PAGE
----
A visit to the Pump St Bakery in Orford, Suffolk
When my friend Mendy (@angrybaker) asked if @richardleemassey and I were up for a trip to Suffolk to visit the Pump St Bakery in Orford, on Suffolk’s heritage coast, I was so thrilled – I’ve enjoyed their chocolate for a while now and had always wanted to see the bakery itself, with its highly Instagrammable pink walls! So last weekend we travelled from London for the day to have brunch there and to do a tour of their chocolate factory, just outside the village.
The bakery was founded in 2010 by Chris and Joanna Brennan, a father and daughter team who share a love of bread, baking and chocolate. Chris was a self-taught breadmaking hobbyist before starting the business, and Joanna changed career to join him. They took over what was originally a 15th century building on Orford’s main square (also home to a lovely seafood restaurant and antiques shop) and this is where the cafe and bakery are located. Chris manages the baking and chocolate team while Joanna takes care of the shop and cooks for the cafe.
In the bakery they make sourdough bread daily, selling it only on the day it was made and donating any leftovers at the end of the day to a shelter in Ipswich. They also bake pastries, including the ever-popular Eccles cakes, as well as bear claws, croissants, pastéis de nata, brownies, gibassiers (a breakfast pastry from Provence), doughnuts and palmiers. On the day we visited, the whole shop was cleaned out by about 3.30pm, and people had queued throughout the day for a seat at their lovely communal table, which goes to show how deservedly popular this place is.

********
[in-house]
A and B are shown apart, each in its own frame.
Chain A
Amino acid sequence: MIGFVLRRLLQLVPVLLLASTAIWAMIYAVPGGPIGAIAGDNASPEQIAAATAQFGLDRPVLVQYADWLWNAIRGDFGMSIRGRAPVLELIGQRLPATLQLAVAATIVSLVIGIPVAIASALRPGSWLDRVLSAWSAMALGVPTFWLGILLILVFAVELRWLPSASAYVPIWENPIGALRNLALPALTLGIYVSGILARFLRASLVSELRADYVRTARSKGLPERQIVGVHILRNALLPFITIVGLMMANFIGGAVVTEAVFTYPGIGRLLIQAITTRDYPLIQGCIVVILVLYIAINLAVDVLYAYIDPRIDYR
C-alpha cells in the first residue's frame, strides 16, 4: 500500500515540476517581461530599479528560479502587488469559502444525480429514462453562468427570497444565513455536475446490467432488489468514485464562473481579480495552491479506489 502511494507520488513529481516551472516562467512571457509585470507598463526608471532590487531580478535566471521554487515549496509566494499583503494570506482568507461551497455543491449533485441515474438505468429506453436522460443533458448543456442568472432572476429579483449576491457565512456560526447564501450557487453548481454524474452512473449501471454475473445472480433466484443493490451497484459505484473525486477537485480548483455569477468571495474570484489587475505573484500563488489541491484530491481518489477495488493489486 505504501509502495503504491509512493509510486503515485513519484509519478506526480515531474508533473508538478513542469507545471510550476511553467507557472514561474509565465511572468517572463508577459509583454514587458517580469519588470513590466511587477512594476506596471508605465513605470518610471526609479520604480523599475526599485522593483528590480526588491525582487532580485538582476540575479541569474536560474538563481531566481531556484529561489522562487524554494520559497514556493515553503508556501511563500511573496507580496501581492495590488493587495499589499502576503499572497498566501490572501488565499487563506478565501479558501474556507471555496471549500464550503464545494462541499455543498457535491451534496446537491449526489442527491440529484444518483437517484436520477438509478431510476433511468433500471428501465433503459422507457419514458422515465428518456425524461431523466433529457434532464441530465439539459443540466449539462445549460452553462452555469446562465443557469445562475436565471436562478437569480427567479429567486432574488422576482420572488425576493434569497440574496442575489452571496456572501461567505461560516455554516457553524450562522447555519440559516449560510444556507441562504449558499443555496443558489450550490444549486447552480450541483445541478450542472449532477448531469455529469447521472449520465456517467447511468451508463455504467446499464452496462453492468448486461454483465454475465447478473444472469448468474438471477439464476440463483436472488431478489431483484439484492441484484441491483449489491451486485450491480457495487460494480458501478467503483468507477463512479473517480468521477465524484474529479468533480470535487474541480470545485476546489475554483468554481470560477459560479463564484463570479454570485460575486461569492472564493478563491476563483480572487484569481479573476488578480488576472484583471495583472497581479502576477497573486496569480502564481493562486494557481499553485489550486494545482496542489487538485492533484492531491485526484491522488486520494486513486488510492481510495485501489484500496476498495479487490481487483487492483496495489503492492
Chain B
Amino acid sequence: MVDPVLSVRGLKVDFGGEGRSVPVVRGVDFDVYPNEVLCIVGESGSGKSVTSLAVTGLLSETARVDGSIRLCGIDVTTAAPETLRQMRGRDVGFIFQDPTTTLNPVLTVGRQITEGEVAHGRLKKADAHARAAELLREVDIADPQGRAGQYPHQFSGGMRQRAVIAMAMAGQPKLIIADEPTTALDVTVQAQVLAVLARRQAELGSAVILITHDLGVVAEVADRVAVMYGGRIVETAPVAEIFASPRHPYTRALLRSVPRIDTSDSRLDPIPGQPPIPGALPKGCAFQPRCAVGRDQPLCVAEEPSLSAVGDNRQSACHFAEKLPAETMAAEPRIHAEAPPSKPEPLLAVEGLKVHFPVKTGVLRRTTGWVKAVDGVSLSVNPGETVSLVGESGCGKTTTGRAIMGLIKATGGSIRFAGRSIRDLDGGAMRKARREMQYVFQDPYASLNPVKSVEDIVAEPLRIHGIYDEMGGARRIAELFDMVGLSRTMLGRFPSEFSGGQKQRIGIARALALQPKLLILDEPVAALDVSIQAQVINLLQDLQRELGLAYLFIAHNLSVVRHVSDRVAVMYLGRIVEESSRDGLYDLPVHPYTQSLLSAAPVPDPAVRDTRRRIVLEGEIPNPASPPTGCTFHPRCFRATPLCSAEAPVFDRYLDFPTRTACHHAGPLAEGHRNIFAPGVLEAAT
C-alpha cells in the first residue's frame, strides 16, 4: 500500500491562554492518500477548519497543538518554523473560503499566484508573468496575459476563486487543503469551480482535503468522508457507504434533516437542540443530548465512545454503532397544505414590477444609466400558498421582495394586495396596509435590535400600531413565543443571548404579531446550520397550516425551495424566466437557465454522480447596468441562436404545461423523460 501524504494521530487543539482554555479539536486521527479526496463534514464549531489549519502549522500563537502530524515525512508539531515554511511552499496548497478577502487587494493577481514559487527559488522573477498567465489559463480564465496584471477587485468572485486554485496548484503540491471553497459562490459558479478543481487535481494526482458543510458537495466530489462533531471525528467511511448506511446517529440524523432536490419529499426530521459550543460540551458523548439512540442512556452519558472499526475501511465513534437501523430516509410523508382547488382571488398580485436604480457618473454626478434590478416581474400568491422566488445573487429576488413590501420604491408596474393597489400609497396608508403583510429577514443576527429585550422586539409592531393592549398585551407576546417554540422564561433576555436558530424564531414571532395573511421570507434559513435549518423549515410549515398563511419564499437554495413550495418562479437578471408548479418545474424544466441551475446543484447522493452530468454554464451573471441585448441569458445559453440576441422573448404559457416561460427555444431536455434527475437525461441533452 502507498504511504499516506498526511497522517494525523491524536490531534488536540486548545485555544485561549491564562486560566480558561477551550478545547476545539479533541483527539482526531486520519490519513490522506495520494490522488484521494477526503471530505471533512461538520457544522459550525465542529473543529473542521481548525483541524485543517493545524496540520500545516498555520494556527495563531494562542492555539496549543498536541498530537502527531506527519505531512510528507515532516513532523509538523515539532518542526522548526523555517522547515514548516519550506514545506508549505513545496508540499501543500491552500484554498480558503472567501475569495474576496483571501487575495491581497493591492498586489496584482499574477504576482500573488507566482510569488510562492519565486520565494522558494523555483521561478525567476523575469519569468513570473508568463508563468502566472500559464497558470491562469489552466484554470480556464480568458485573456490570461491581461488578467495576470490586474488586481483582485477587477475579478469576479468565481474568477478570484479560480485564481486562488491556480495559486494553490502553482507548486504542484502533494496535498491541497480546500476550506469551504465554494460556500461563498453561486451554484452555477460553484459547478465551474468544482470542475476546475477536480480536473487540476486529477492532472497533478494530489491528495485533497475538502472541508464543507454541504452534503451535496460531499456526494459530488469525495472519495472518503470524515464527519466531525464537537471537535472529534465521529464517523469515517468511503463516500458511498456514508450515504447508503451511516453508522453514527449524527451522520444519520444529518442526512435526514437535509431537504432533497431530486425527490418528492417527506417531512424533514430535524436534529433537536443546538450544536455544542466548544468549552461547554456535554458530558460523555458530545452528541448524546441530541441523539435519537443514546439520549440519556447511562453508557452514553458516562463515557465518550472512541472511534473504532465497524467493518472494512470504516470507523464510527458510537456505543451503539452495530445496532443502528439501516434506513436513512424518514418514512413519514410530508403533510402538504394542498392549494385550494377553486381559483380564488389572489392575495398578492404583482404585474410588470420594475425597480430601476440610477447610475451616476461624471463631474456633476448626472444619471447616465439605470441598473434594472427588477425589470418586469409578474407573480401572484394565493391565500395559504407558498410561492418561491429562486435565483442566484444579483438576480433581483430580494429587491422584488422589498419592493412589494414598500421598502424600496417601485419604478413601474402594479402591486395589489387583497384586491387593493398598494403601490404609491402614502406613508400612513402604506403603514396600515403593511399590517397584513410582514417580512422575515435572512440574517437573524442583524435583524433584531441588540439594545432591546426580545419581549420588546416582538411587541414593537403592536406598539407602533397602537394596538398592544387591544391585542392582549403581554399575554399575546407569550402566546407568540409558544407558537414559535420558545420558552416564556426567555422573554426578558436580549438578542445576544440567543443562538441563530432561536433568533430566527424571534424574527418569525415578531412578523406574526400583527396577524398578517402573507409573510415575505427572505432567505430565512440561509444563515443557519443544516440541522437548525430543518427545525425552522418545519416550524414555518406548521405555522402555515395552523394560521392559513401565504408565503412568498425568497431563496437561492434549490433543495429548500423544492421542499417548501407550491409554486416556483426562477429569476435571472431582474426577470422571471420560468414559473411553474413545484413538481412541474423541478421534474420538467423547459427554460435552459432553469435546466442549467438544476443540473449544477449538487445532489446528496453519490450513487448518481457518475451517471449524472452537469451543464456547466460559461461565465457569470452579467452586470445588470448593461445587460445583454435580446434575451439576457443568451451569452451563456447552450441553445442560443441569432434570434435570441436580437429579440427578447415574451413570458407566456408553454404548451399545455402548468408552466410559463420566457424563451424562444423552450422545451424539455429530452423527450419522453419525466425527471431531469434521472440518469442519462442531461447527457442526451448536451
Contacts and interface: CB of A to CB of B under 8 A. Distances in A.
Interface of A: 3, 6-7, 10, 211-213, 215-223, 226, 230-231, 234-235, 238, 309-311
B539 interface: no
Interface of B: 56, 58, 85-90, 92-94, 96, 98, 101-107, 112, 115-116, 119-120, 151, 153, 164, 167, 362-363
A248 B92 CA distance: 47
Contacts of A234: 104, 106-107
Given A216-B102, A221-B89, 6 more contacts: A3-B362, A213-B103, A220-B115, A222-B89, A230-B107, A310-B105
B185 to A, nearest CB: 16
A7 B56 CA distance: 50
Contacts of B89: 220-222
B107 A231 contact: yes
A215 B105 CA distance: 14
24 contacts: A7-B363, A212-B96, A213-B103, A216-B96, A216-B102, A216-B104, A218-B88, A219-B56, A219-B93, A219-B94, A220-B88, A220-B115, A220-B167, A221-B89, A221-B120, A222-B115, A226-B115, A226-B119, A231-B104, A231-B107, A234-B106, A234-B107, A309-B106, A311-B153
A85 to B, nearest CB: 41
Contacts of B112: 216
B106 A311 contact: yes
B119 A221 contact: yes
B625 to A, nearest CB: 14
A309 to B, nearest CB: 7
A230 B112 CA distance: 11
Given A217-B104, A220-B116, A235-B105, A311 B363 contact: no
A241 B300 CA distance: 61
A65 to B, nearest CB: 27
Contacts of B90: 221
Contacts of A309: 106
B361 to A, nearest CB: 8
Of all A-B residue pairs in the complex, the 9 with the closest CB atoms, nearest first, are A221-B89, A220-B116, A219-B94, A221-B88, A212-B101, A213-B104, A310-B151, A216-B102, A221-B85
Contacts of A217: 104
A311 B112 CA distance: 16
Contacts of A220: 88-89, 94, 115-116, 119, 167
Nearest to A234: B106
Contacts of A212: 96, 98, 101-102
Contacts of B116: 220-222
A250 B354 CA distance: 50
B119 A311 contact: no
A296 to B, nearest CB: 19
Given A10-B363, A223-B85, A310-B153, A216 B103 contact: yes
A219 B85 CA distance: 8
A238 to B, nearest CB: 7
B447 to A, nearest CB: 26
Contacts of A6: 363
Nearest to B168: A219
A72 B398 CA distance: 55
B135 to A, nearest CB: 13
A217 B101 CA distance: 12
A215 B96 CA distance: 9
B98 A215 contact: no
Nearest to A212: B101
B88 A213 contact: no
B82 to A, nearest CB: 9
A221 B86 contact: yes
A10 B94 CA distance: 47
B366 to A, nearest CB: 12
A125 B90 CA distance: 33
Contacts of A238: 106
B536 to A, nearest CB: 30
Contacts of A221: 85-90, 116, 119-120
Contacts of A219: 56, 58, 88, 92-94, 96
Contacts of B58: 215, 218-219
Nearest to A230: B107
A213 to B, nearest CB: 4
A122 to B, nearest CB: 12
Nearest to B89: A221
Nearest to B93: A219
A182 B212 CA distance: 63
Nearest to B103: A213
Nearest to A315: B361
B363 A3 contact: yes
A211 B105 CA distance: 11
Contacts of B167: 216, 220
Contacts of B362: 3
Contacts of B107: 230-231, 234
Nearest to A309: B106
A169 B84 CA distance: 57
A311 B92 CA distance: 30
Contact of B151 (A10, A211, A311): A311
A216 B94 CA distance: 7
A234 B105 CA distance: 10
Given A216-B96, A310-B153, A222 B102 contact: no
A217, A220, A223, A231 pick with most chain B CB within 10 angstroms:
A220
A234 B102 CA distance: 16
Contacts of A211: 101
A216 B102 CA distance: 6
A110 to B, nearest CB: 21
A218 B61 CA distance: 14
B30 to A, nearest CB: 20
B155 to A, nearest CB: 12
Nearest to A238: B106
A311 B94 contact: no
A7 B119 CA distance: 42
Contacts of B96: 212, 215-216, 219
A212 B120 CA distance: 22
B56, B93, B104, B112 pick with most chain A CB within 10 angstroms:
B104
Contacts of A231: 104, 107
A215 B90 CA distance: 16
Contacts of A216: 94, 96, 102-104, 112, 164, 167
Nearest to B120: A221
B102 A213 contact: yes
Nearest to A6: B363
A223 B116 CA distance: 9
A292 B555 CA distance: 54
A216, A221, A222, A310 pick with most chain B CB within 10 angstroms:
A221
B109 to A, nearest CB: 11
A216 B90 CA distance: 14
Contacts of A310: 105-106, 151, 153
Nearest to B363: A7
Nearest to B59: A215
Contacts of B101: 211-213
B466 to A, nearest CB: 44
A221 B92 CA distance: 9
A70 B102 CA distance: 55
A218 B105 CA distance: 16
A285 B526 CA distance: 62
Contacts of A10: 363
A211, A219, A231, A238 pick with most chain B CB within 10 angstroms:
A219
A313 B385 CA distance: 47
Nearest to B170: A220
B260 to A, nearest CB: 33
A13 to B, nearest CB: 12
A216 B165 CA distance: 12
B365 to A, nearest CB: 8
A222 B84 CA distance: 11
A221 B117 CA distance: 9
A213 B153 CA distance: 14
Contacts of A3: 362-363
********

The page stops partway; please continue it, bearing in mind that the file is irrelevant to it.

The idea for their expansion into chocolate came when Chris started to draw connections between the sourdough fermentation process and the fermentation that takes place as part of the cacao bean extraction process. Along with only a few other UK producers, they now make small-batch, handmade chocolate from beans imported directly to them from family farms and cooperatives around the world, primarily south and central America. They applied the same principles to their chocolate making as they did to their bread: using only the best quality ingredients, making everything by hand, and obsessive attention to detail during the production process. One of their biggest stockists is Liberty in London but their chocolate is sold in a variety of smaller outlets around the world – they also operate a monthly mail-order “rare batch” service.
It was a fascinating insight into the chocolate-making process and a rare glimpse into a truly family-run, artisanal business offering the highest quality products and a wonderful warm welcome to their lucky customers. I was left wondering whether I could buy a holiday cottage in Suffolk just so I could be closer to this wonderful place.
Thanks to Joanna, Simon and Chris for welcoming us and for arranging a tour of the chocolate factory - it was a real treat.